The gradual influences of the influx into Attica, both overland from the north and oversea from the west, may be traced in the gods added to the Athenian pantheon. The Minyan Artemis, the Pelasgic Hermes, the Thracian Ares who gave his name to the Areopagus, Hephaestus the handicraftsman's god, gradually encroached upon the domain of the older cults; while Poseidon gained a seat at Phalerum, and later disputed, according to the legend, the possession of the land with Athene, the intellectual development of the old Oriental mother-goddess, who retained her guardianship of the olive-tree even after she had resigned her care of the fields to Eleusinian Demeter.
The incursions from the north and from the sea, which gradually brought in these new divinities, forced the growing state of the Cranai to take up a securer position on the rock of the Acropolis, which, falling off precipitously on all sides except the west, readily lent itself to the fortifications which the early inhabitants of Greece knew so well how to build, and which we can understand now that the ruins of Tiryns and Mycenae, as well as the Acropolis itself, have been submitted to careful excavation and study. Here, on the top of the rock, which was levelled and provided with retaining-walls, as well as with a surrounding fortification, was established the ancient Polis (Polis, a term long retained as the official designation of the Acropolis), the seat of the worship of Zeus Polieus. Here, on the north side, where we now see the ruins of the later Erechtheum, were the old sanctuary of the local daemon Erechtheus and the palace of the royal race of the Cecropid and Erechtheid kings, the foundations of which, as well as of private dwellings of the same epoch, have been traced. Up to this palace led from the north a stairway, unearthed in the recent excavations, and in the enclosure west of the present Erechtheum was the sacred olive-tree, the gift of Athene, and hard by it the tomb of Cecrops, both under the protection of the old local nymph Pandrosos (Cecropium and Pandroseum). Under the northwest brow of the Acropolis, below the "long rocks" (makrai petrai), was the grotto of Pan; and still farther to the west, within the modern bastion of Odysseus, a spring called Clepsydra (Klepsudra, "she that hides her water"), popularly supposed to pass underground to Phalerum. This spring was and still is approached from above by a remarkable fortified winding stairway cut in the rock. Under the south face of the Acropolis were a cave and spring, with which the worship of the healer Asclepius came to be associated; and in the southwest spur of the sacred rock, whence Aegeus was said to have flung himself down, Athene was established as goddess of victory (Nike), worshipped in an uncouth primitive idol with the sacrifice of a perfect cow, as so beautifully represented on the marble balustrade about the later Ionic temple.
Thus by the sacred olive and the hollow in the rock with its mysterious trident-mark--where the waves could be heard when the south-wind blew-- flourished the old priestly and kingly race, hemmed in not only by the wall of the Polis proper, but also, as it seems, by a lower wall enclosing the skirts of the Acropolis, and called from its nine gates Enneapylon (Enneapulon), the area within which and below the ramparts of the citadel was known as the Pelargicon (to Pelargikon). The main entrance was then, as it has always been perforce, at the west end of the citadel, a fortified way winding up towards the right, the ancient warrior's exposed side, below the bastion of Athene Nike.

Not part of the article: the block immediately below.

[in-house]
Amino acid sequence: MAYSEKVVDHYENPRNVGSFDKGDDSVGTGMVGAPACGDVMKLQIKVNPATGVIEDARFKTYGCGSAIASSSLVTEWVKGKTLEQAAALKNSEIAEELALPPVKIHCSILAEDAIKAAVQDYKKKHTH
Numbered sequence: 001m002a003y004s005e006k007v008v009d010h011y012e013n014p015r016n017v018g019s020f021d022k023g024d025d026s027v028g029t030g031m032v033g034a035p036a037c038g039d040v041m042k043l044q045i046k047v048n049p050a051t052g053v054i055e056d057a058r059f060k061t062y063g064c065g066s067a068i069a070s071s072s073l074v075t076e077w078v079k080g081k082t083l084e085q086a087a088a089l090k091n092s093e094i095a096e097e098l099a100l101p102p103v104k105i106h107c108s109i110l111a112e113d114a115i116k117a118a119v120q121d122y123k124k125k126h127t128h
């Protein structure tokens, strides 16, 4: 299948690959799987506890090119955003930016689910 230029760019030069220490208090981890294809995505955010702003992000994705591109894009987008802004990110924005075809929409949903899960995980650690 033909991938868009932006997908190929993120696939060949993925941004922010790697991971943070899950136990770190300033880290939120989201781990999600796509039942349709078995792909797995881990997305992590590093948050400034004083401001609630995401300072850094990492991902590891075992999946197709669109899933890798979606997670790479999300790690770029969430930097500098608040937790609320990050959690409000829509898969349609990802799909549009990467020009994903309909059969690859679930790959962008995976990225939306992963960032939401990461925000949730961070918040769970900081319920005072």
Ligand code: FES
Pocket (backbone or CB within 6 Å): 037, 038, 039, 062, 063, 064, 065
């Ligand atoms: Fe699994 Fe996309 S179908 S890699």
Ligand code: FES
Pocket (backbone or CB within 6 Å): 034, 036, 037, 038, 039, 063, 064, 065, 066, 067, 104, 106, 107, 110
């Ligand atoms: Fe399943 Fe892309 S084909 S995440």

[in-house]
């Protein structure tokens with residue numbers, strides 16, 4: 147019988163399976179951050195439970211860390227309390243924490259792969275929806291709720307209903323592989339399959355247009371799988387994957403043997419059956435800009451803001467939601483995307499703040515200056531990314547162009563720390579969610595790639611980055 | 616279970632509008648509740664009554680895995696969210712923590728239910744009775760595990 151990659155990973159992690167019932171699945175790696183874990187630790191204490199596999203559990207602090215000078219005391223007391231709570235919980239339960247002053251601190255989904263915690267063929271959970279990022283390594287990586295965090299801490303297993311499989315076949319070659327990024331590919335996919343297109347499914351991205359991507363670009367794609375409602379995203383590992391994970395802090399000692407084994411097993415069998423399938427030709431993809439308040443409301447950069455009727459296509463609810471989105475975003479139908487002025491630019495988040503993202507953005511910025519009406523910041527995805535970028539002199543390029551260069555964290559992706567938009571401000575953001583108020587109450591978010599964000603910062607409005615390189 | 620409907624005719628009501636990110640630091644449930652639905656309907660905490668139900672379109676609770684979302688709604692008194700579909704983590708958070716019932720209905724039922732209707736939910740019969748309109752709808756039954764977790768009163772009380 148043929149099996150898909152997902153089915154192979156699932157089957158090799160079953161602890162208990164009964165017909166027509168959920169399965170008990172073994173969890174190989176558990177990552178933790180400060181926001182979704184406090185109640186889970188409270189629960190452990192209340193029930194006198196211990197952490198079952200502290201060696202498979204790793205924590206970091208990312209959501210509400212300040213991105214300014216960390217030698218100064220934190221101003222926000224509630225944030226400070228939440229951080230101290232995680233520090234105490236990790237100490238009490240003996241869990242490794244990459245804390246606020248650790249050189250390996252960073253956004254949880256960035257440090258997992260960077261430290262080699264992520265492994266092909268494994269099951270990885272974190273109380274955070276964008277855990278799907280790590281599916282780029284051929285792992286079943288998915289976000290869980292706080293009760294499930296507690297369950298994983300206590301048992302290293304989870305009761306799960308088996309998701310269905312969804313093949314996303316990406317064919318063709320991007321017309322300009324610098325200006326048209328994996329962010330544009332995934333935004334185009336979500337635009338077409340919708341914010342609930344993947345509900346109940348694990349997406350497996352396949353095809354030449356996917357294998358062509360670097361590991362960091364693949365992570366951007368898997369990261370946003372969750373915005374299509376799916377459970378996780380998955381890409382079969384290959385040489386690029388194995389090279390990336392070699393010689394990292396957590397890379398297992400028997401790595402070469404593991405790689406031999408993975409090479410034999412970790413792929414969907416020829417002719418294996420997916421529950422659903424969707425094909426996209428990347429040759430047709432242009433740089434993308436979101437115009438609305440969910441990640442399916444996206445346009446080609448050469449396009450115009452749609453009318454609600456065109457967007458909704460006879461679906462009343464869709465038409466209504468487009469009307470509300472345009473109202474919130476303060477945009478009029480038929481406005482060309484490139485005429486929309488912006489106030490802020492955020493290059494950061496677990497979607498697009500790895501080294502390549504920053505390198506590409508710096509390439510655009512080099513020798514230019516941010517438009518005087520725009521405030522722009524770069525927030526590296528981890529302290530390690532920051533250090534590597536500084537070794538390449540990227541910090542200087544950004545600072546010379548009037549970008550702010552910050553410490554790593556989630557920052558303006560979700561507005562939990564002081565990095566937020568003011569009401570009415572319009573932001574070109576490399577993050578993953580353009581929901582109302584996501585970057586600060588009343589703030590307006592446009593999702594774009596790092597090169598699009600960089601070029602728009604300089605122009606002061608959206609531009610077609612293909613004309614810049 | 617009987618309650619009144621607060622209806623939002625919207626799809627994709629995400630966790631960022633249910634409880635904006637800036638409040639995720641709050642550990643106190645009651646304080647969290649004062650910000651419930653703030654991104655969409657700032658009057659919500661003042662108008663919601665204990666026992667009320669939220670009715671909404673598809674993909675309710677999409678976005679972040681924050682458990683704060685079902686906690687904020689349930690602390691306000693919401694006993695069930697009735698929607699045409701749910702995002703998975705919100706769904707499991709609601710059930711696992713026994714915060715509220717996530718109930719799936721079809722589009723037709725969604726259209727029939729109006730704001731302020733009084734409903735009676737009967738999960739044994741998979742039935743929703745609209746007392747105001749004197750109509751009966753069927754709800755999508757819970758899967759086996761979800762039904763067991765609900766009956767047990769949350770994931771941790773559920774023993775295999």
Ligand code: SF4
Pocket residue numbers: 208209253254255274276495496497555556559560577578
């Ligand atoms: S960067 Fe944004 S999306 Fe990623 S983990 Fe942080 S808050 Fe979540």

The Ionians who immigrated from across the Aegean brought in the Delian Apollo, the god of Ionic colonization and civilization. This new and important factor in the Athenian state established itself south of the Acropolis in what Thucydides regarded as old Athens, in the region called Cydathenaeum (Kudathenaion), extending some 2000 metres around the southeast flank of the Acropolis and up towards Lycabettus. Under the south face of the Acropolis, close to the later Dionysiac Theatre, the northern Dionysus of Eleutherae was established in the Lenaeum, near the sanctuary of the "public" Aphrodite (Aphrodite pandemos). To the south of this seems to have lain the old marketplace, the agora of the Ionic astu. Here was established the first town-hall--the Prytaneum or Basileum--by which, under the auspices of Themis, the "sceptre-bearing" kings administered justice. The solemn court of murder, so soon as the taking of human life came to be recognized as a state offence, was established on the Areopagus, in a cleft beneath which the Eumenides ("the gracious")--as the avengers of blood, the Erinyes, were here called--were solemnly worshipped. The bodies of the executed, as well as purificatory offerings and offscourings, were thrown into the deep recess of the Barathrum. Thus the highest priesthood was associated with the Acropolis, while the king came down to preside in his political function over the Ionic nobility of Cydathenaeum. The Thesean nobles, true to their Ionic instinct, encouraged closer intercourse with the sea, and Cydathenaeum was linked by a high-road to Phalerum, whence they trafficked abroad; whereas the influence of the Tyrian traders seems to have made itself felt upon the Cranaan city of Melite by a way leading up from the Salaminian Strait.